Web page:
Explaining the Through Line in Golf

The "through line" in golf is the extension of a golfer's putting line several feet beyond the hole. Or, to express it two other ways, a) the through line is the putt you'll have coming back to the hole if you miss long with your initial putt; b) the through line is the line on which the ball will keep rolling beyond the hole if you miss the cup with your first putting attempt.

The "putting line" is the path on which your putted ball travels toward the hole; the "through line" is the continuation of that path a few feet past the hole.

Note that the term is sometimes spelled "through-line," "thru-line" or "thru line."

Who Cares About Through Lines?

Some golfers take through lines very seriously. Recreational golfers typically don't; pro golfers typically do. But as a matter of courtesy, as a matter of golf etiquette, you should be aware of other golfers' through lines. You don't want to encounter that one guy who is dead serious about his through line and will make a scene if you happen to step on his.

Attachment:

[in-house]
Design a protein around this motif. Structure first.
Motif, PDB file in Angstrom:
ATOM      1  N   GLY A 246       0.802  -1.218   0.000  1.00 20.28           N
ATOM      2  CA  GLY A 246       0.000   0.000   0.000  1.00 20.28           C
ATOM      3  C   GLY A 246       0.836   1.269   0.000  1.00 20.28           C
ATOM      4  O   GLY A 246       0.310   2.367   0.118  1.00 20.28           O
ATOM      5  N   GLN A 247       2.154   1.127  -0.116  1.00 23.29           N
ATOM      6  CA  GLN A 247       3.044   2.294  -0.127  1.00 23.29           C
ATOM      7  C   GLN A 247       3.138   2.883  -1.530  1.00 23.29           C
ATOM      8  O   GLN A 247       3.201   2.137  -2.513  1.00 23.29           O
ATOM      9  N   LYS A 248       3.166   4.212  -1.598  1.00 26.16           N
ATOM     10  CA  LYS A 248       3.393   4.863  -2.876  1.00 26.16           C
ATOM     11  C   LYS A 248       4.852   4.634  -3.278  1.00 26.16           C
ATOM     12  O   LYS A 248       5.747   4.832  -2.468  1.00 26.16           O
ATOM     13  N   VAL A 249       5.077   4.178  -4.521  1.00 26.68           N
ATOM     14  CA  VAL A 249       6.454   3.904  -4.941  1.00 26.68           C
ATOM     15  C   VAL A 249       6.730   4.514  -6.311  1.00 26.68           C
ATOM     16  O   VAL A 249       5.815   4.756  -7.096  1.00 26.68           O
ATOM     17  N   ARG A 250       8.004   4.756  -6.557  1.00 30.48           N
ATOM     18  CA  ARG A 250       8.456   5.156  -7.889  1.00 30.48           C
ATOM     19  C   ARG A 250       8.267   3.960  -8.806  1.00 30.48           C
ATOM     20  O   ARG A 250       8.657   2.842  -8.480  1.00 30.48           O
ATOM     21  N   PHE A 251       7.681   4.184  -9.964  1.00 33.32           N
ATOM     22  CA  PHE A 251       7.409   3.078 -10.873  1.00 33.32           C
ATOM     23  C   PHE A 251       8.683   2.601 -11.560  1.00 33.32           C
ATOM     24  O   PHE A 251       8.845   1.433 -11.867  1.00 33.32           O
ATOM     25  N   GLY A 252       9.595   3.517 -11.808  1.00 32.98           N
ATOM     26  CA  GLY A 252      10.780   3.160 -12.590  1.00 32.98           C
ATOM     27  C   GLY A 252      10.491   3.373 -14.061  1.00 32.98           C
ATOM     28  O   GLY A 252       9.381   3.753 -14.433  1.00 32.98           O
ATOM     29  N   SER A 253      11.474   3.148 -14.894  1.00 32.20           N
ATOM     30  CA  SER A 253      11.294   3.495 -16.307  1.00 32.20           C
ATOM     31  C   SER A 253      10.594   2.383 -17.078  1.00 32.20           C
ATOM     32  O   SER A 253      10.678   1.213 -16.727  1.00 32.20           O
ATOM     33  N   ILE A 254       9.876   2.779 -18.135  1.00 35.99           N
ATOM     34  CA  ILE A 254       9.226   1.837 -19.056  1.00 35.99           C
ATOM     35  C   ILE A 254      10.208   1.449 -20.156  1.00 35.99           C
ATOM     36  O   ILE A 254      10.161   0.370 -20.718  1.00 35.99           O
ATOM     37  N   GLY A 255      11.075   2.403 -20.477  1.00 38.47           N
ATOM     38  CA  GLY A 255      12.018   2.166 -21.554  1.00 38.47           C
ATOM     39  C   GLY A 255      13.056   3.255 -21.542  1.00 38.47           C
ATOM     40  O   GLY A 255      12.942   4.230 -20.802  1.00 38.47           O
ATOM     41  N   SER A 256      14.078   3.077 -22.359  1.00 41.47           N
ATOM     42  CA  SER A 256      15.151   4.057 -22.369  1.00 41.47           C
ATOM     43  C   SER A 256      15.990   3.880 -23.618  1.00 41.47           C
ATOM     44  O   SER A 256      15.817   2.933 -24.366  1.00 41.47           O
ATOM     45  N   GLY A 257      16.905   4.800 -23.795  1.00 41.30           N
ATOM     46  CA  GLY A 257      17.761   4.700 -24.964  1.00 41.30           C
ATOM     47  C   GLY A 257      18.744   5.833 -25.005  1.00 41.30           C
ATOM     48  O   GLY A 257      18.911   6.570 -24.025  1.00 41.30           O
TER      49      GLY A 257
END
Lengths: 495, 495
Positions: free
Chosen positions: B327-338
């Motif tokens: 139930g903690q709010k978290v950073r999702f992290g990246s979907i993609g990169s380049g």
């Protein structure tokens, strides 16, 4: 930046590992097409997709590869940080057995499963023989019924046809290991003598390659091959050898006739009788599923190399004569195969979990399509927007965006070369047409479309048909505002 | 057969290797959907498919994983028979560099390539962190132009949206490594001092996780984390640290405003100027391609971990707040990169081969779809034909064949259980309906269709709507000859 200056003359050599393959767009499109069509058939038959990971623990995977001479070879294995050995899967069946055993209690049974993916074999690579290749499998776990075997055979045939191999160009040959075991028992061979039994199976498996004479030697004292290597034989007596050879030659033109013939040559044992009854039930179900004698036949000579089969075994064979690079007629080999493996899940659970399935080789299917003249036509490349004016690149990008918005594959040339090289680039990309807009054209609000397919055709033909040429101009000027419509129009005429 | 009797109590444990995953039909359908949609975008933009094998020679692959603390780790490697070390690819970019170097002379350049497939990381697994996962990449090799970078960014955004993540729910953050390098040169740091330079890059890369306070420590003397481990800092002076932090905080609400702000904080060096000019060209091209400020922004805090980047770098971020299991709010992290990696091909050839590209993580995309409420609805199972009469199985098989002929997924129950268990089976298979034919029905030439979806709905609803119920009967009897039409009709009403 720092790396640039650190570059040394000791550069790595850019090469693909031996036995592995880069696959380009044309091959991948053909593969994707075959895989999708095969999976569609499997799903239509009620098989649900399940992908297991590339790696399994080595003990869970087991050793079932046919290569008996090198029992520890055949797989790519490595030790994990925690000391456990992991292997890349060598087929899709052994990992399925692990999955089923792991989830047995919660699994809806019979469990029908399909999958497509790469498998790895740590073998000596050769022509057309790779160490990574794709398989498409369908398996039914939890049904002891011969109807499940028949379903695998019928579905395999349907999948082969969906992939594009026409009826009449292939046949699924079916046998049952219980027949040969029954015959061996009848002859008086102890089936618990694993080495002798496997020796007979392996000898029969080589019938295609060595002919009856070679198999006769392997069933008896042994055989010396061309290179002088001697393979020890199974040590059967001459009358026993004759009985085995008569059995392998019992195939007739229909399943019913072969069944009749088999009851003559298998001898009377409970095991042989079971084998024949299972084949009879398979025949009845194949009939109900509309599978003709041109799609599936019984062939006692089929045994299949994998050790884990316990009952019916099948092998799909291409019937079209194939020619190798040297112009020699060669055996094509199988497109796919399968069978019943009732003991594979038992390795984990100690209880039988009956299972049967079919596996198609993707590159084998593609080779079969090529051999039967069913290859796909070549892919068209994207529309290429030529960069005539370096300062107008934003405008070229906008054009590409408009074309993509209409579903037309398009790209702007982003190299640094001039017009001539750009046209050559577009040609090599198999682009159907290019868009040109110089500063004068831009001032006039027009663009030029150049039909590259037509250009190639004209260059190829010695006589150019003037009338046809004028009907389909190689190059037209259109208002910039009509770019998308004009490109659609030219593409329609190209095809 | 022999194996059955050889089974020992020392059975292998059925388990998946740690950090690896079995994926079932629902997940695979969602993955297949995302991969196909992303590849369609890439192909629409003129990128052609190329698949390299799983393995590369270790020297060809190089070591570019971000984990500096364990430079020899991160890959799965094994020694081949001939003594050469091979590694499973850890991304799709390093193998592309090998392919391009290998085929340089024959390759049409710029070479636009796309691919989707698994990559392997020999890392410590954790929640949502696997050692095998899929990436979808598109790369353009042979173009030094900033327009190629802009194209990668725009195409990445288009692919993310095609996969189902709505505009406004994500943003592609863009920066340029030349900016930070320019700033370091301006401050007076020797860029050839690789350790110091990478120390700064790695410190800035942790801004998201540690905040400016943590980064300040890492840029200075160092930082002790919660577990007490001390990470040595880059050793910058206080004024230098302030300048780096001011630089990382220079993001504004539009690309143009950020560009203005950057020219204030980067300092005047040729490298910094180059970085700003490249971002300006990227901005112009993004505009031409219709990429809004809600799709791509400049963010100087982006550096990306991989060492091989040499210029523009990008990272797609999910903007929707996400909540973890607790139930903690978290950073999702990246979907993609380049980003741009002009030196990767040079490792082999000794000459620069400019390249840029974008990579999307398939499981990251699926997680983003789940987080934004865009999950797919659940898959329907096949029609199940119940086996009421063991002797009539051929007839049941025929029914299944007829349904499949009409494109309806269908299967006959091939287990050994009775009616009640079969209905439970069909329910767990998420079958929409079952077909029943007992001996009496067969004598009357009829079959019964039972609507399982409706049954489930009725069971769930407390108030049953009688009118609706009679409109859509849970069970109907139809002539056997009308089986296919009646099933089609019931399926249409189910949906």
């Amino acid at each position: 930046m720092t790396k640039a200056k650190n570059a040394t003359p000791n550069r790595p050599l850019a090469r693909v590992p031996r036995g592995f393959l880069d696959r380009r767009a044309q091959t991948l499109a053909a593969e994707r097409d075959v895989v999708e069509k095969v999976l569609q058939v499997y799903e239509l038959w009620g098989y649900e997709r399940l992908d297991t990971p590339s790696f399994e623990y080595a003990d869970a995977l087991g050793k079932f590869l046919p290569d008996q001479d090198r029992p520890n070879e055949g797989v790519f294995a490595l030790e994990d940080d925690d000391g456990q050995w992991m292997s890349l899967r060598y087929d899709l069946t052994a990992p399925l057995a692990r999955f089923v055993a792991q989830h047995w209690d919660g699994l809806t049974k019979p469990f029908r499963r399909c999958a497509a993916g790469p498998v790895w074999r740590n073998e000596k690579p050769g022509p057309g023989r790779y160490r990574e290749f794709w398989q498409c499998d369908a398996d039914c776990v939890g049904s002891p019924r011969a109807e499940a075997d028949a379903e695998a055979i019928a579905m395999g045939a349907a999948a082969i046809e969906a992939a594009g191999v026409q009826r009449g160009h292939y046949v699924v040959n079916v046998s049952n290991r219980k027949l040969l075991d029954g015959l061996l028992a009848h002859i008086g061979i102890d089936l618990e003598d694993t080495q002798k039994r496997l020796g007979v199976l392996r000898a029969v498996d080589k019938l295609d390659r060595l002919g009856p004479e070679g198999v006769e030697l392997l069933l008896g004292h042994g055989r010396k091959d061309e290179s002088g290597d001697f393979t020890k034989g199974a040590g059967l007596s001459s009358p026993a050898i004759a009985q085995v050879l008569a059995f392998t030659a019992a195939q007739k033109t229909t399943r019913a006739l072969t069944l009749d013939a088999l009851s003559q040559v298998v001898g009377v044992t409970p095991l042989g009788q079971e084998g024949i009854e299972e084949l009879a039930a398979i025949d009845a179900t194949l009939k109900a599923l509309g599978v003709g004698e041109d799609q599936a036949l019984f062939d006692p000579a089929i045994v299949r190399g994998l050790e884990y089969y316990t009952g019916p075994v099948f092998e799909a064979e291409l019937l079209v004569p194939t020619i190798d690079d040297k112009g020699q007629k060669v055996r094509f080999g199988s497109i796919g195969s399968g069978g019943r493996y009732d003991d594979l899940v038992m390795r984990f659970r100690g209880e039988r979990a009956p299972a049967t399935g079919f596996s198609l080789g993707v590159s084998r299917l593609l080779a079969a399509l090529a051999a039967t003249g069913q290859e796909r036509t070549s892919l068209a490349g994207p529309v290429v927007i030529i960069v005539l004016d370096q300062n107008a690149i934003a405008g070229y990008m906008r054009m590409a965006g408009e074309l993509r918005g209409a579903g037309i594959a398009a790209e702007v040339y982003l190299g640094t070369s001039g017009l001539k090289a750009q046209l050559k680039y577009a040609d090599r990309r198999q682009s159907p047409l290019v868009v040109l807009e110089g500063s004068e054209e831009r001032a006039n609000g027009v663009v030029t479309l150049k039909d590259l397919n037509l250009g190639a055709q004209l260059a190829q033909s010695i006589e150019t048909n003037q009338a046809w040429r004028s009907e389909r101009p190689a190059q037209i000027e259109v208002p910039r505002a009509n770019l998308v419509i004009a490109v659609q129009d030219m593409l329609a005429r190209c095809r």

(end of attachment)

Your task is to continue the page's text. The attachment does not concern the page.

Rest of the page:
Do you need to care about your own through line? Jack Nicklaus once said he never cared about his own through line, stating that any golfer already thinking about his through line is already thinking about missing the putt. Forget about your own through line and instead visualize your initial putt dropping into the cup.

But it's a simple matter of good golf etiquette to care about the through lines of other golfers in your group. You would never intend to step on another player's putting line, and if you did you'd feel bad about it. It's easy enough to be aware of through lines, just as it is to be aware of putting lines.

How Far Does a Through Line Extend?

So if it's good golf etiquette to be aware of other golfers' through lines, just how much leeway past the hole should you give them? Should you avoid stepping on that through line one foot past the cup, three feet ... 10 feet?

A golfer who snipes at another for walking across his through line eight feet beyond the cup when the initial putt is only 12 feet is a golfer who has bigger issues than worrying about through-line etiquette.

But you should take that initial putt into account. A 6-foot, straight, uphill putt obviously should result in a much shorter comebacker (if the golfer misses long) than a fast, downhill, breaking 25-footer.

But, generally speaking, granting other golfers three to four feet for a through line, and stepping around the hole accordingly, is sufficient for most putts.

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